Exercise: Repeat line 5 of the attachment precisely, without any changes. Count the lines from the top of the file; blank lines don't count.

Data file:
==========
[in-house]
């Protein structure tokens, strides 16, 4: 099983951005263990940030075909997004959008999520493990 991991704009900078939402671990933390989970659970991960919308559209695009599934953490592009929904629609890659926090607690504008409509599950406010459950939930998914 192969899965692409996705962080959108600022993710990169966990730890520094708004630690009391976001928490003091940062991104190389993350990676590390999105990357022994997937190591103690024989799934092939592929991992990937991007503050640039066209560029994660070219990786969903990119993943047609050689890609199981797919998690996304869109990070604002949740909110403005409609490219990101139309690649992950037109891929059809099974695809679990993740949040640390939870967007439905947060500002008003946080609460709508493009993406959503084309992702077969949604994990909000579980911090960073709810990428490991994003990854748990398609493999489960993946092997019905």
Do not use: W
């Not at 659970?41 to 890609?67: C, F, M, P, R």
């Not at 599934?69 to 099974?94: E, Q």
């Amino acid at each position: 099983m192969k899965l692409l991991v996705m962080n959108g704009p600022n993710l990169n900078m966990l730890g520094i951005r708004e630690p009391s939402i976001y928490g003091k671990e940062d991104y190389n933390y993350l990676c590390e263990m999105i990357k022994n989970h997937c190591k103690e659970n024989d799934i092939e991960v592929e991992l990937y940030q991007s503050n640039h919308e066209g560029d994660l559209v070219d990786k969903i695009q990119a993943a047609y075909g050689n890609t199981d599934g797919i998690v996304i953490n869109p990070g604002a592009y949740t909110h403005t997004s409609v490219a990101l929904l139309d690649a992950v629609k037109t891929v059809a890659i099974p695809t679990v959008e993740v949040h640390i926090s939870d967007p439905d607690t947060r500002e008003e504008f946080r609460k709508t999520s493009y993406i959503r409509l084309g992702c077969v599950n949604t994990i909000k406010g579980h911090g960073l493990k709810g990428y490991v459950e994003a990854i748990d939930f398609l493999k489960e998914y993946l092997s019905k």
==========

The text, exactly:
């Not at 599934?69 to 099974?94: E, Q």